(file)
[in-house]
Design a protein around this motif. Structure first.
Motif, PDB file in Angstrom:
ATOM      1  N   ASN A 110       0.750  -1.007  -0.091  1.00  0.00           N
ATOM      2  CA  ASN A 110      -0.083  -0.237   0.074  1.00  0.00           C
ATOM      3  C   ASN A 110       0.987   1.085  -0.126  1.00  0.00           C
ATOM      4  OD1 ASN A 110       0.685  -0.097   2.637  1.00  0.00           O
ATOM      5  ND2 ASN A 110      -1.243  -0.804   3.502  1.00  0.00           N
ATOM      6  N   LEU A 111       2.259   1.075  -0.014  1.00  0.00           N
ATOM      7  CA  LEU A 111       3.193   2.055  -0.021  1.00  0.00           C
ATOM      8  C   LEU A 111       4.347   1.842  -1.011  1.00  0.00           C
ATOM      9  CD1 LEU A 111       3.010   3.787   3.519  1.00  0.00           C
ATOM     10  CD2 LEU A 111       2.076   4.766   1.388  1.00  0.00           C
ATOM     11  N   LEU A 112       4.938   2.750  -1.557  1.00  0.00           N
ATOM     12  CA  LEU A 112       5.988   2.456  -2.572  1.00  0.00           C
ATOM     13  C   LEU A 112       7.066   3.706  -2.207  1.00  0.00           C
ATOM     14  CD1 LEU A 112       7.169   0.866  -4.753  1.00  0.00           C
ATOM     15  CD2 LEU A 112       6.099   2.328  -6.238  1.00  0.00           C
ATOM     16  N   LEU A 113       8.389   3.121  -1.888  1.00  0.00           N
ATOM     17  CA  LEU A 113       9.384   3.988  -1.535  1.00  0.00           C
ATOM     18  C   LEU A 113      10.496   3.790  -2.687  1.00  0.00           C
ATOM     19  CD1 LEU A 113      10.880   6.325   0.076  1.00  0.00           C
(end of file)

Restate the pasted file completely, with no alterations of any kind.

[in-house]
Design a protein around this motif. Structure first.
Motif, PDB file in Angstrom:
ATOM      1  N   ASN A 110       0.750  -1.007  -0.091  1.00  0.00           N
ATOM      2  CA  ASN A 110      -0.083  -0.237   0.074  1.00  0.00           C
ATOM      3  C   ASN A 110       0.987   1.085  -0.126  1.00  0.00           C
ATOM      4  OD1 ASN A 110       0.685  -0.097   2.637  1.00  0.00           O
ATOM      5  ND2 ASN A 110      -1.243  -0.804   3.502  1.00  0.00           N
ATOM      6  N   LEU A 111       2.259   1.075  -0.014  1.00  0.00           N
ATOM      7  CA  LEU A 111       3.193   2.055  -0.021  1.00  0.00           C
ATOM      8  C   LEU A 111       4.347   1.842  -1.011  1.00  0.00           C
ATOM      9  CD1 LEU A 111       3.010   3.787   3.519  1.00  0.00           C
ATOM     10  CD2 LEU A 111       2.076   4.766   1.388  1.00  0.00           C
ATOM     11  N   LEU A 112       4.938   2.750  -1.557  1.00  0.00           N
ATOM     12  CA  LEU A 112       5.988   2.456  -2.572  1.00  0.00           C
ATOM     13  C   LEU A 112       7.066   3.706  -2.207  1.00  0.00           C
ATOM     14  CD1 LEU A 112       7.169   0.866  -4.753  1.00  0.00           C
ATOM     15  CD2 LEU A 112       6.099   2.328  -6.238  1.00  0.00           C
ATOM     16  N   LEU A 113       8.389   3.121  -1.888  1.00  0.00           N
ATOM     17  CA  LEU A 113       9.384   3.988  -1.535  1.00  0.00           C
ATOM     18  C   LEU A 113      10.496   3.790  -2.687  1.00  0.00           C
ATOM     19  CD1 LEU A 113      10.880   6.325   0.076  1.00  0.00           C